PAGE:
They Closed Before They Opened: “The Band’s Visit” and “Anna in the Tropics”
I saw them, and they were beautiful.
There’s always a sense of thrill and anticipation whenever a theater-goer enters a theater. Every time the curtains rise, everyone looks forward to being dazzled, or moved, or agitated by the many different forms that the theater can take. In two separate evenings, I also felt all those things, but for reasons other than witnessing a production.
Almost every possible industry has been decimated by the recent coronavirus outbreak, with theater one of the first casualties. Shows that were running in March have been cut short, while others have been postponed. But two shows, specifically Atlantis Theatrical’s The Band’s Visit and REP’s Anna in the Tropics, are particularly unique because they closed before they even opened.
Both shows were scheduled to open on March 13, the night after President Duterte addressed the nation about drastic steps that the country would be taking to combat the virus. I was very privileged to have been invited to the technical dress rehearsals of both, only two days and a day before The Band’s Visit and Anna in the Tropics were respectively set to open.
Besides the inopportune timing, both shows share a common theme—how art, specifically music, film, and literature elevate people’s lives, bind them in a universal way, and mirror their everyday existence. The Band’s Visit follows an Egyptian police band that arrives in Israel to play a concert. Language barriers leave them stranded in a remote village in what Dina, the café owner played by a luminous Menchu Lauchengco-Yulo, calls “the middle of the desert” in the comical number “Welcome to Nowhere.”
The entire story transpires in one night, where Dina and her friends welcome the band members and give them a place to stay. In spite of the political context, the characters find common ground through their love for music and film. Simon (Steven Conde), a band member, plays the clarinet to soothe a crying baby. Dina talks to band leader Tewfiq (Rody Vera) about her love for Egyptian movies. Tewfiq sings her an Arabic song. All these and other quiet moments transpire while they share their own stories of love and family.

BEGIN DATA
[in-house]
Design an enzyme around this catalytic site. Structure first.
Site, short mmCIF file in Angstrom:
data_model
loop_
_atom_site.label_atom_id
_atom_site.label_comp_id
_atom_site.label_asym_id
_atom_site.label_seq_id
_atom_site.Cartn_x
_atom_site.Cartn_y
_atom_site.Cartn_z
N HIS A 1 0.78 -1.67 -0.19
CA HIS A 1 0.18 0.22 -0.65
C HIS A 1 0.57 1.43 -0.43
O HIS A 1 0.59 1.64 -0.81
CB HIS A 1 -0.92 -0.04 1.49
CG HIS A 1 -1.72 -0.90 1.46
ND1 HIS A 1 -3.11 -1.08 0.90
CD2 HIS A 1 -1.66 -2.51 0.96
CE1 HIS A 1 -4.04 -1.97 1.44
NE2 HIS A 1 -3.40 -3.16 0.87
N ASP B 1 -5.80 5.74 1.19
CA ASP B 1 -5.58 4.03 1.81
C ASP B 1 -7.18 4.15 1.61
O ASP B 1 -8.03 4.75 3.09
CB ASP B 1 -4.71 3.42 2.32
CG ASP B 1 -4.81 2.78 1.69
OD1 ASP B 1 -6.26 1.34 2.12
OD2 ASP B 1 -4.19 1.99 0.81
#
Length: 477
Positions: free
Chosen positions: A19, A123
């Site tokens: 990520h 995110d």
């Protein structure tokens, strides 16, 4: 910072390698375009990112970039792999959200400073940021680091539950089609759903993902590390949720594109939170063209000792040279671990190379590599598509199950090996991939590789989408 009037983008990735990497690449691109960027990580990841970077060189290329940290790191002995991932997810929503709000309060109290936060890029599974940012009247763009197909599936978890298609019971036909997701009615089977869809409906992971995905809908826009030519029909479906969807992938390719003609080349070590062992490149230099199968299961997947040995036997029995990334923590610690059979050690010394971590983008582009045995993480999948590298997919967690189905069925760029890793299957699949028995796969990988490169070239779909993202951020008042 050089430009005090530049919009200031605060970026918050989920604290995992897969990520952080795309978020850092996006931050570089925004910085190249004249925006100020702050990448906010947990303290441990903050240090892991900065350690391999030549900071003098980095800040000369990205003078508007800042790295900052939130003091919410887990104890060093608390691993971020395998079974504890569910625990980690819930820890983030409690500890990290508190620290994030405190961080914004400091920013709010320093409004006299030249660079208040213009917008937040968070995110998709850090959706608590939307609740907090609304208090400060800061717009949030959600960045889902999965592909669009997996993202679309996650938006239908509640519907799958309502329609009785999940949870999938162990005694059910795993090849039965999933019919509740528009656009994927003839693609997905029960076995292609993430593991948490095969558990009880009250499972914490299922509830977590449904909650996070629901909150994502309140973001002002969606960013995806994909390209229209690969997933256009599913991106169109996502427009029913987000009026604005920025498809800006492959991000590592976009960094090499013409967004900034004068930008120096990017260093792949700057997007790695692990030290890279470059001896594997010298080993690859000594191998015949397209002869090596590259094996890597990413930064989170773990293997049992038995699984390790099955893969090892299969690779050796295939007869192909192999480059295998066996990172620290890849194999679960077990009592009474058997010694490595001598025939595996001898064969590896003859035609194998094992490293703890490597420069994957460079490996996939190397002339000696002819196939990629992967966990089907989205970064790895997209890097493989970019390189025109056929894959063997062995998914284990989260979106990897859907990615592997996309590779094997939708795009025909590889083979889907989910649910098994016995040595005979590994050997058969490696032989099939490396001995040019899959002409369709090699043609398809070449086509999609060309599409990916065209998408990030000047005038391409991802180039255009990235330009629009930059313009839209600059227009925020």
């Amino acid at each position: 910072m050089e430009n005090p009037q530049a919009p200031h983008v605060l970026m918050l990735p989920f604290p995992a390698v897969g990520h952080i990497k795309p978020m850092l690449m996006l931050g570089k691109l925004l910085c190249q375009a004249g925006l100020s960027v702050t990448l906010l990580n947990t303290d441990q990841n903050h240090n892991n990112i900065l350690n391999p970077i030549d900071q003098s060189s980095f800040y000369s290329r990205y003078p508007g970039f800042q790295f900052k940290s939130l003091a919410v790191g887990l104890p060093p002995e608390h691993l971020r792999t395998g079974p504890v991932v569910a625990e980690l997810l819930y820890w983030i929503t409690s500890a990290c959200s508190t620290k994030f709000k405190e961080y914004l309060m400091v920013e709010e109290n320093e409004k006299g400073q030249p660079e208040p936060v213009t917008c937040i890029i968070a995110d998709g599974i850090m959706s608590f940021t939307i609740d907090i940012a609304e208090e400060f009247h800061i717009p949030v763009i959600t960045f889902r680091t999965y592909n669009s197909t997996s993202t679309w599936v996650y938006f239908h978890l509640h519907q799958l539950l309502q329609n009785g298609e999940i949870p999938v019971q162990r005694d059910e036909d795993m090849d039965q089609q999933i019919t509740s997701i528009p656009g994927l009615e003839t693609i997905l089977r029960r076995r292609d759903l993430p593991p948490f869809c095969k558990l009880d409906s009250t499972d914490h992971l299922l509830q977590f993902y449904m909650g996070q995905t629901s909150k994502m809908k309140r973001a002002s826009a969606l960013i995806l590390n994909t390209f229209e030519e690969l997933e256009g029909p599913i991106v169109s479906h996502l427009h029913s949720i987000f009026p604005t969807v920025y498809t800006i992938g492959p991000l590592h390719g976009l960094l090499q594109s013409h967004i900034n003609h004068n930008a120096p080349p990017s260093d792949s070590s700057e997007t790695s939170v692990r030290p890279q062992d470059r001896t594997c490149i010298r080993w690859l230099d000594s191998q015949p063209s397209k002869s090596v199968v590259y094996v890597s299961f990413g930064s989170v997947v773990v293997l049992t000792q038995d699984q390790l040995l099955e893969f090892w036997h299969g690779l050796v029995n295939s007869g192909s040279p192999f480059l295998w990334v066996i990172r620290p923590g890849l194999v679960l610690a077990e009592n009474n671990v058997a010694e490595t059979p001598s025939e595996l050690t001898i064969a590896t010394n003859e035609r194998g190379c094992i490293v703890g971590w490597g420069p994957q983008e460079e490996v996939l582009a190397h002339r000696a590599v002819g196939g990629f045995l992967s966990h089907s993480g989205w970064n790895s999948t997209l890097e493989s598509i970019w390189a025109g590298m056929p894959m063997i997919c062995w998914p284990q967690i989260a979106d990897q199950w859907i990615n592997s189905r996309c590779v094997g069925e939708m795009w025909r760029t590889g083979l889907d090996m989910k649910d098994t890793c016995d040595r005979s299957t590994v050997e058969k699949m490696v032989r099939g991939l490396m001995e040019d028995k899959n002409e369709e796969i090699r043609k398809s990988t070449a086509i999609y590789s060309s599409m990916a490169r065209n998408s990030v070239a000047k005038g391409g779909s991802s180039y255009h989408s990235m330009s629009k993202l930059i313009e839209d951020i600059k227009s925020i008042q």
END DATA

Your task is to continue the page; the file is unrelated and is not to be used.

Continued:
In Anna in the Tropics, a Cuban family working in a cigar factory in 1929 Tampa, Florida are jolted when a lector named Juan Julian, (Ricardo Magno), reads them Leo Tolstoy’s Anna Karenina while they work. As the characters see their own lives reflected in the story’s characters, affairs, jealousy, and repressed feelings are unearthed. Conchita (Skyzx Labastilla) has an affair with Juan Julian after being cheated on by her husband Palomo (Brian Sy). Conchita’s sister Marela (Gab Pangilinan) is jealous, because she secretly desires Juan herself, but her uncle Cheche (Paolo O’Hara) also has hidden desires for her. All these are explored while they battle with tradition and modernity.
The stunning production design for both productions, The Band’s Visit, with a set design by Faust Peneyra, costume design by Odelon Simpao, and lighting design by Adam Honoré, and Anna in the Tropics, with a set design by director Joey Mendoza, costume design by Becky Bodurtha, lighting design by Barbie Tan-Tiongco, and video projection design by GA Fallarme, both visually stunning, captures the world they were trying to inhabit. As soon as I saw it, I immediately thought, “What if this doesn’t get seen by an audience?”
For The Band’s Visit, the cast spoke and sang in perfect Yiddish and Arabic accents, which evidently took weeks or months of dedicated rehearsals to perfect. And the music? Steven Conde as Simon was actually playing the clarinet, Mark Bautista as the charmer band player Haled was actually playing the trumpet, and Rhenwyn Gabalonzo was actually playing the violin with such prowess, you wonder if he’s been doing it all his life. Reb Atadero as an awkward lovestruck Papi, together with his crush Julia, played by Maronne Cruz, were actually roller-skating across the stage. And the orchestra played the sublime music composed by David Yazbek throughout the show.
For Anna in the Tropics, musical theater actor Gab Pangilinan performed her first straight play. Skyzx Labastilla performed her first English play. Together with the rest of the seasoned cast members, they all performed for REP for the first time, a bold yet rewarding choice by Mendoza. It definitely was not a small feat to be playing a family on an unfamiliar stage.
All those firsts and all that investment–both directed with beautiful restraint by Bobby Garcia and Joey Mendoza–for these two productions that never got the chance to open. Every time official news broke out that they weren’t going to push through, my heart sank. We can only hope that we can all see them back on stage one day.
The Band's Visit Credits: Itamar Moses (book), David Yazbek (music & lyrics), Bobby Garcia (direction), Faust Peneyra (set design), Farley Asuncion (musical direction), Cecile Martinez (musical staging), Adam Honoré, (lighting design), Odelon Simpao (costume design), Manman Angsico (vocal direction), GA Fallarme (projection design), Jaydee Jasa (hair and make-up design), Justin Stasiw (sound design) Cast: Menchu Lauchengco-Yulo, Rody Vera, Mark Bautista, Nino Alejandro, Reb Atadero, Bibo Reyes, Jill Peña, Maronne Cruz, Floyd Tena, Jep Go, Dean Rosen, Steven Conde, Rhenwyn Gabalonzo, Leanne Mamonong Company: Atlantis Theatrical Anna in the Tropics Credits: Nilo Cruz (playwright), Joey Mendoza (direction and set design), Fabian Obispo (sound design/composer), GA Fallarme (video design), Becky Bodurtha (costume design), Barbie Tan-Tiongco, (lighting design), Ricardo Magno (movement design) Cast: Skyzx Labastilla, Ricardo Magno, Madeleine Nicolas, Paolo O'Hara, Gie Onida, Gab Pangilinan, Brian Sy Company: Repertory Philippines